One picture in particular from this series has always moved me. In Empty Pool (1991, above) Larry’s shirtless father stands alongside an empty swimming pool. Behind him, a cluster of identical condominiums grace a rolling golf course. The lawn is a luxuriant emerald green thanks to the sprinklers hard at work on this hot day, though many of the transplanted palm trees are oddly stunted, failing to thrive. The aging man stands at the center of the frame, close to the edge of the pool. His body, though fit, is slight, and he is dwarfed by the yawning concrete chasm of the pool. He looks down, into the pool, with a contemplative but inscrutable expression. Though we know from the title that it is a new pool, soon to be filled with sparkling chlorinated water, its stark void recalls nothing so much as a grave. A vast psychological divide opens within the frame, between subject and photographer, between father and son, and now, I see, between life and death.
A month or so ago, Larry came in to show my colleagues and me his most recent body of work. He was thin and pale, and it was clear to all of us that he had begun on a journey from which there would be no turning back. The pictures showed Mexican day laborers whom Larry had hired in order to photograph in and around suburban towns in California, many not far from his own Marin home. Larry directed the men’s actions, posing them in activities—carrying food through a field, rowing a boat on a placid canal, resting under an exuberantly blossoming tree— that are at once mundane and mysterious. Larry understood that these men, all illegal aliens, were in a kind of limbo, or exile, and he sought to portray their extraordinarily complicated relationship to the place where they lived and the places they called home. But as always, the work was also still about Larry. As we looked at the pictures, he talked about what California meant to him, the San Fernando Valley of his childhood, and the Bay Area where he had made his own home and family as an adult. Set in overgrown fields and bucolic hillsides, under skies shot through with rose and gold or shrouded with fog, the pictures clearly evoked a homecoming of an entirely different sort. I suspect I was not the only one in the group who closed her office door after this meeting and wept.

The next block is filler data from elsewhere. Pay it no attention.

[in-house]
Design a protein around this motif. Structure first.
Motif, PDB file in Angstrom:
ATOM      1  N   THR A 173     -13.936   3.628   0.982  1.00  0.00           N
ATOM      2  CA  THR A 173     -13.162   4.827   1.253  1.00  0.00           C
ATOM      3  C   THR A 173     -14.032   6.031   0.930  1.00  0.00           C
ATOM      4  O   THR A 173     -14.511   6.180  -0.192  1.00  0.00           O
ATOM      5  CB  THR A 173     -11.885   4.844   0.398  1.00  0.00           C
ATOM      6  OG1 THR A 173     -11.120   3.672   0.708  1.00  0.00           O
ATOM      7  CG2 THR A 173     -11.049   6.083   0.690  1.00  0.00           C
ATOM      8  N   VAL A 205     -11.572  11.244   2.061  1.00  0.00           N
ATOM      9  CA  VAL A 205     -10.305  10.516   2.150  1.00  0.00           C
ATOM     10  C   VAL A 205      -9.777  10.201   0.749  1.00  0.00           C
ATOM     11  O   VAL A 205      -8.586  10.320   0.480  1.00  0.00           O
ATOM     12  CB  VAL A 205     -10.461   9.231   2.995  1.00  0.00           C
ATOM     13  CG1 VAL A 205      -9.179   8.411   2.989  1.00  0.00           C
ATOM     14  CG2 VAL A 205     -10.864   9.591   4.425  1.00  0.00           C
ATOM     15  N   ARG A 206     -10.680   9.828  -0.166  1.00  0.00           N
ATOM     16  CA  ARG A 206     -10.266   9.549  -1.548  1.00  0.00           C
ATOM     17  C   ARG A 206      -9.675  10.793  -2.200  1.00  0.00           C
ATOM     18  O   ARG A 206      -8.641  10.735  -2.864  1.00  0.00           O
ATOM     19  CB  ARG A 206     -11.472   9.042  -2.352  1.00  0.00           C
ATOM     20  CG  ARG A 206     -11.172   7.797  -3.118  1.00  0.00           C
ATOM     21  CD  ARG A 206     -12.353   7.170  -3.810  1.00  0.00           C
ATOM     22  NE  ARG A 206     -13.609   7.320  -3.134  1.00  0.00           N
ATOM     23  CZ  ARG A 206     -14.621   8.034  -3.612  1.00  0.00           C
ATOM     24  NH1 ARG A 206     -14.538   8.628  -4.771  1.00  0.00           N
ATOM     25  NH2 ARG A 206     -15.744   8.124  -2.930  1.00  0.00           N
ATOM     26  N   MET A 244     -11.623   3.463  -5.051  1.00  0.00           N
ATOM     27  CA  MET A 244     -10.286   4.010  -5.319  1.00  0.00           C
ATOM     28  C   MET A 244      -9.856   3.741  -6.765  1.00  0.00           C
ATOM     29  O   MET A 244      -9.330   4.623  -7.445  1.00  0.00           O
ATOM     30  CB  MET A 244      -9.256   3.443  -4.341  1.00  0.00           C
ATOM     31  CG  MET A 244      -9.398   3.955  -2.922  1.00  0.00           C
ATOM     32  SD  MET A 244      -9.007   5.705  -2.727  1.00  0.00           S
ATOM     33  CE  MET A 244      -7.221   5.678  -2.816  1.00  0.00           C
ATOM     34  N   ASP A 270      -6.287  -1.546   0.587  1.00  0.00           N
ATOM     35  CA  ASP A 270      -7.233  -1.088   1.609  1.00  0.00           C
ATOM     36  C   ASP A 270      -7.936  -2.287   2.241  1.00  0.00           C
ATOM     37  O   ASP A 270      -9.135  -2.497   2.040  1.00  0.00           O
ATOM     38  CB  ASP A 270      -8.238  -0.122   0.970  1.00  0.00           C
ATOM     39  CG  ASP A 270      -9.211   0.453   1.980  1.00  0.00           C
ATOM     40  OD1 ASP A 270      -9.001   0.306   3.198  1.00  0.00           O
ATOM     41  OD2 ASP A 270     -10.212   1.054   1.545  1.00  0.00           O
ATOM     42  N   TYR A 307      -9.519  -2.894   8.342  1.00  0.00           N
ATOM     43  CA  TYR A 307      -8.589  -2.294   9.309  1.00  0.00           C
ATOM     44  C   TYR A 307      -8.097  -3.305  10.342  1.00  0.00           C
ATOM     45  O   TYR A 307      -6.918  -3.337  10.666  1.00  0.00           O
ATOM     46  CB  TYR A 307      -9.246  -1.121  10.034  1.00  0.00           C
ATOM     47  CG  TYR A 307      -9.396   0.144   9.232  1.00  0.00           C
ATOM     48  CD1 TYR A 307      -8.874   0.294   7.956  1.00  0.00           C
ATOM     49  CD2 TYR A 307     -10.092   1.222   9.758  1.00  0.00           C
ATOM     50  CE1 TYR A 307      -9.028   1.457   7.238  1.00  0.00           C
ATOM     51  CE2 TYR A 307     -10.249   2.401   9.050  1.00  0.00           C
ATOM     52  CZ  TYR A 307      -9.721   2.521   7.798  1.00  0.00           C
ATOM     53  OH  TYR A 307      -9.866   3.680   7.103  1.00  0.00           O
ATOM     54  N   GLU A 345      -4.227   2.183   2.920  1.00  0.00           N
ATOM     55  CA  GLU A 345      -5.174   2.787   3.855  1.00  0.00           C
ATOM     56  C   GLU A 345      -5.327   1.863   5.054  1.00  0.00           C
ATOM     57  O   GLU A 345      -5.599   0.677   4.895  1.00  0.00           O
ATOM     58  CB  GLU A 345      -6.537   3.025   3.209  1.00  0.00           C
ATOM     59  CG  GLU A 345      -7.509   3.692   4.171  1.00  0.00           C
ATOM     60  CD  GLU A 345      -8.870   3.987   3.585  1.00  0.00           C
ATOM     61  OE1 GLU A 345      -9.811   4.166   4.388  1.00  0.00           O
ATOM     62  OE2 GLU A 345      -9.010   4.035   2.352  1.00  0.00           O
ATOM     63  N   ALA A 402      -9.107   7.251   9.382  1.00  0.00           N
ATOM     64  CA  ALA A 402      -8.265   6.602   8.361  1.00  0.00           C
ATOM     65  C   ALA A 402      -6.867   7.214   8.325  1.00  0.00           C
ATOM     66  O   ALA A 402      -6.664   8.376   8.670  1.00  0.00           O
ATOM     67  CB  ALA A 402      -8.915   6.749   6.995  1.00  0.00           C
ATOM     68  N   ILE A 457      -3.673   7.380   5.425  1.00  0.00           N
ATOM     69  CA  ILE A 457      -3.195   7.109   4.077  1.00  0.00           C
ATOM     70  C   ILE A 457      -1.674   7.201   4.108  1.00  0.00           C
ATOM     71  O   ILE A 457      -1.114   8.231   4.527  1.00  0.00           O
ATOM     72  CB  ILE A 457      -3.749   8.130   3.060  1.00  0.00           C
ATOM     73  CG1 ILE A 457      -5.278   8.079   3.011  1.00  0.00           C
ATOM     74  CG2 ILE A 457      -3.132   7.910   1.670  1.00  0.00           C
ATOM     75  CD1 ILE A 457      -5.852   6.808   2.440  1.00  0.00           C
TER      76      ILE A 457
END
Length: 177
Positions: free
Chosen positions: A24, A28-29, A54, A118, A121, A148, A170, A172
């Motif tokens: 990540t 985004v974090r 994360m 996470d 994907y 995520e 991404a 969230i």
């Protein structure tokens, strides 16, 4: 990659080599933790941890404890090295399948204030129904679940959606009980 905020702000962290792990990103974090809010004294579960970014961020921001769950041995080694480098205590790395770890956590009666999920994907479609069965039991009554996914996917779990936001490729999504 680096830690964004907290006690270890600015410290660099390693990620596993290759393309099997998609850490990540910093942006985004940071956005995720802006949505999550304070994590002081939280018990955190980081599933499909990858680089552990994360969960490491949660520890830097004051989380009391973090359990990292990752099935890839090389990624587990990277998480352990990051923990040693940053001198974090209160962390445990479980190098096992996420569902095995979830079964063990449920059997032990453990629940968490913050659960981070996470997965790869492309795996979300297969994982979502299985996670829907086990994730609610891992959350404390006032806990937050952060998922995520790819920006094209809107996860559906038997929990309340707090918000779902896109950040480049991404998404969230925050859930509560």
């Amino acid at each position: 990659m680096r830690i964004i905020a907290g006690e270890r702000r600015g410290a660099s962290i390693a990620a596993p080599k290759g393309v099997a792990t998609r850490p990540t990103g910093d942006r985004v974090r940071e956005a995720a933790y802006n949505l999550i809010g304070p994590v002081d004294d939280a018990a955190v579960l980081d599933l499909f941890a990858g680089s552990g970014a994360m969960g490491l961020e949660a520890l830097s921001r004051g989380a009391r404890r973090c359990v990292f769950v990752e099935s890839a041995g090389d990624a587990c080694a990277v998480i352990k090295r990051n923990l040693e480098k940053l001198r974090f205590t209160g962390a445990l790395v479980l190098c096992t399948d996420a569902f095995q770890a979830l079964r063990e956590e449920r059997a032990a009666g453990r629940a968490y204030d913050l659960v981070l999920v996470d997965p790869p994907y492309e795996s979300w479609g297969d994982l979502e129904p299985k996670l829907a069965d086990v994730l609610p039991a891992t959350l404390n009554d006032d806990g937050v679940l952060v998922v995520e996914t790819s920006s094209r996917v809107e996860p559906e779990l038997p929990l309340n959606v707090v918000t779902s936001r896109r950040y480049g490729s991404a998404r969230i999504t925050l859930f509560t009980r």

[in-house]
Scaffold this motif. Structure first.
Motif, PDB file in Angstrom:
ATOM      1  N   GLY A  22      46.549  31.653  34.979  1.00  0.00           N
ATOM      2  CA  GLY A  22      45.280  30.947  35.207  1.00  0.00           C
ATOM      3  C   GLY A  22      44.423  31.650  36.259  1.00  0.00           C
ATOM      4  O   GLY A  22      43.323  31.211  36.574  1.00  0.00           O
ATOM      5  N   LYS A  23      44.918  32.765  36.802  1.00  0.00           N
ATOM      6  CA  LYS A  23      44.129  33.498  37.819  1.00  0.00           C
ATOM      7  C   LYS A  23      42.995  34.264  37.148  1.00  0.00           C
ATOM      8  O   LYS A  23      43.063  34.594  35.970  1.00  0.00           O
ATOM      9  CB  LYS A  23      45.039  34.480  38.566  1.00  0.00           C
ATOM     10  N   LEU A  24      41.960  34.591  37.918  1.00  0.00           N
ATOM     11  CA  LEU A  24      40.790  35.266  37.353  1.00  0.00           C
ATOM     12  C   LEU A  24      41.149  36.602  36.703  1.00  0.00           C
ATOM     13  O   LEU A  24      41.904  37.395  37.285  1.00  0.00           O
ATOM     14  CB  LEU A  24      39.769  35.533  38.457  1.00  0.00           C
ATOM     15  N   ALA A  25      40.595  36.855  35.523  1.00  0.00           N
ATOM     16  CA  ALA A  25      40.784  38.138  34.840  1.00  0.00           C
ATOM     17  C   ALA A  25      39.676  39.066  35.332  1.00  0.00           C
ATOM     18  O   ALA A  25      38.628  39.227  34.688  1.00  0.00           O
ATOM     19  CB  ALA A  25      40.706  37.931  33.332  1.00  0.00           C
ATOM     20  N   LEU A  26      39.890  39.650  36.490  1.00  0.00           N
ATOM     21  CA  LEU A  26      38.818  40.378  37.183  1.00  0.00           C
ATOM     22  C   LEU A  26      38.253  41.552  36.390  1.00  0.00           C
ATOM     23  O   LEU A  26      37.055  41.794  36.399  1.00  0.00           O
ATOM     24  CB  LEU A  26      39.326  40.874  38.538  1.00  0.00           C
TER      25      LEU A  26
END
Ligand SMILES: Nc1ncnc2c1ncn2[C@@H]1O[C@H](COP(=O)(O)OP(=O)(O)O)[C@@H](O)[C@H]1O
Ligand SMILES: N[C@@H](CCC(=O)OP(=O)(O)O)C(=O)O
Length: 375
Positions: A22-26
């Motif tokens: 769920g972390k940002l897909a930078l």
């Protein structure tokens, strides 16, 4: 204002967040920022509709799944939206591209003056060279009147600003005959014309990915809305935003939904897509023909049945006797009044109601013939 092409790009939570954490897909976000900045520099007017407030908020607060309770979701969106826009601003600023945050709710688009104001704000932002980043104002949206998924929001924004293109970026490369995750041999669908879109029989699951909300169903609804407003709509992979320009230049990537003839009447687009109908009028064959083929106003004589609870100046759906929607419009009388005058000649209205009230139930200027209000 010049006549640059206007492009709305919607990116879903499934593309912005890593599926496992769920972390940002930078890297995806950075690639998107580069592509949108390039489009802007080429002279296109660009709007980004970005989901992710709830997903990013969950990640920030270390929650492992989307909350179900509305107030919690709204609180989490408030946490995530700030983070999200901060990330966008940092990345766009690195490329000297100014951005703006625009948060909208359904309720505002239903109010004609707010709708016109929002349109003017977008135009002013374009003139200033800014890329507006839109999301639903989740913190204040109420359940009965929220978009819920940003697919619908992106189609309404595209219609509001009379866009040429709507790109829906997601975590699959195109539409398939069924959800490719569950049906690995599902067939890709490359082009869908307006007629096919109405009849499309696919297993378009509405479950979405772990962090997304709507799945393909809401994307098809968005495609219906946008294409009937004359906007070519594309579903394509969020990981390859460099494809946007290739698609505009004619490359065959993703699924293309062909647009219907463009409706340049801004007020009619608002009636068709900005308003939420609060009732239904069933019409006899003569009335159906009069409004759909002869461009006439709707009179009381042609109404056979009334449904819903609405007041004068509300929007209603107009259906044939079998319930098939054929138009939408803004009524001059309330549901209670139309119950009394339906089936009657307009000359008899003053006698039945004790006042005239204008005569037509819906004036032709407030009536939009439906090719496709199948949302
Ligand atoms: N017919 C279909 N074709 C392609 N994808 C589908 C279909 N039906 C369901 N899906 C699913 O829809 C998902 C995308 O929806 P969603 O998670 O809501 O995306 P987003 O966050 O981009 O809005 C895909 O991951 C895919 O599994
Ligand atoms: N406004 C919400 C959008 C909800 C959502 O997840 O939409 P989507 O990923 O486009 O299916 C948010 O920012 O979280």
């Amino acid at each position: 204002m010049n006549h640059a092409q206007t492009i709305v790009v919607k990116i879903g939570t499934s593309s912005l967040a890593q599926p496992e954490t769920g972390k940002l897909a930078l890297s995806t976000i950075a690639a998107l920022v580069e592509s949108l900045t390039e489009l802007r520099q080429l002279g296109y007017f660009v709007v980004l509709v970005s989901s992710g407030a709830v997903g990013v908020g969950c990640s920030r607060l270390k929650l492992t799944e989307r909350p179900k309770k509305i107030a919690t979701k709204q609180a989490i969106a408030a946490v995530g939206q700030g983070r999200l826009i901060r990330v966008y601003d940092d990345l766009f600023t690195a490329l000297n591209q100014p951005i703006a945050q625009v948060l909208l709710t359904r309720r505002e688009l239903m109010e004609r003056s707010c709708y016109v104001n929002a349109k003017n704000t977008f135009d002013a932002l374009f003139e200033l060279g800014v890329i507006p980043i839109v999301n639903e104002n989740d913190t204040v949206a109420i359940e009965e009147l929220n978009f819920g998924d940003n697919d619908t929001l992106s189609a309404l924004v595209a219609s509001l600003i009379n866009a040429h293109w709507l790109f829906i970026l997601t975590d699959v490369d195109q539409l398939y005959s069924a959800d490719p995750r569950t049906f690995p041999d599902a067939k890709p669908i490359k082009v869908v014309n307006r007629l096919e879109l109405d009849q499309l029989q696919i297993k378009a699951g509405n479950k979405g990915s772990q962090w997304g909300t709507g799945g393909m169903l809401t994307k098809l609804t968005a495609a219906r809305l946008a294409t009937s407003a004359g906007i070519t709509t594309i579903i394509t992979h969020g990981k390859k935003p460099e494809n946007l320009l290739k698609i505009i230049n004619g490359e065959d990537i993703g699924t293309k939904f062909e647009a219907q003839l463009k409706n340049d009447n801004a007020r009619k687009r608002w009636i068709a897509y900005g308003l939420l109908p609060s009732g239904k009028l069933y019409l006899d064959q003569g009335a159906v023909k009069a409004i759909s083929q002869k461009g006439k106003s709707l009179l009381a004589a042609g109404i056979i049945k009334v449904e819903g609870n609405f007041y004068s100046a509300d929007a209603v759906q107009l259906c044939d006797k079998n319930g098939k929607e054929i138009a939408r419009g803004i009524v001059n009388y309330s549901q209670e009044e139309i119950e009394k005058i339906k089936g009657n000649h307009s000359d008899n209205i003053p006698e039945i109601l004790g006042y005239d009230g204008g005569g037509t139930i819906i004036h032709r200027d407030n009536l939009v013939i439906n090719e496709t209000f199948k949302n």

If I talk at length about Larry’s pictures, it is because to talk about his pictures is to talk about the man himself: insightful and critical, humane and tender. His are unsparing, clear-eyed, compassionate, flirtatious, anxious, complicated, and poignant pictures, infused with a sense of humor that ranges from wry to dirty. Most of all they are generous, even vulnerable, in their honesty.
From time to time Larry would ask me to fill in for him at his classes at CCA, and I had the opportunity to see the impact he had on his students. A beloved teacher, Larry had high expectations for his students, but he gave far more than he demanded. His generosity extended beyond the classroom and museum walls to his larger community. He was intent on widening the audience for whom art is intended, and on provoking dialogues about the role art plays in public life. Though he was best known for his photography, over the course of his career he executed a number of important public art projects with his long-time collaborator Mike Mandel, ranging from billboards, to posters produced in collaboration with high school students, to a tiled mural that adorns an Oakland public pool. With his wife Kelly, he also undertook a number of provocative projects, including one called “Have You Seen Me?” designed to give a voice to minority students in his community, a population with little outlet for public expression. For Larry, the ability to make, see, appreciate, understand, and interrogate art was not only a cultural necessity, but also a public right.
Among Larry’s public commissions was a large-scale mosaic mural that he designed with Mike Mandel for the San Francisco airport, where it graces a boarding gate in the international terminal. Entitled Waiting, the picture shows a crowd of people at the airport, anxiously awaiting the arrival of their loved ones. I fly out of that gate frequently and often think how fitting it is at the bittersweet moment of departure to be reminded of the joy of coming home. I will miss you, Larry.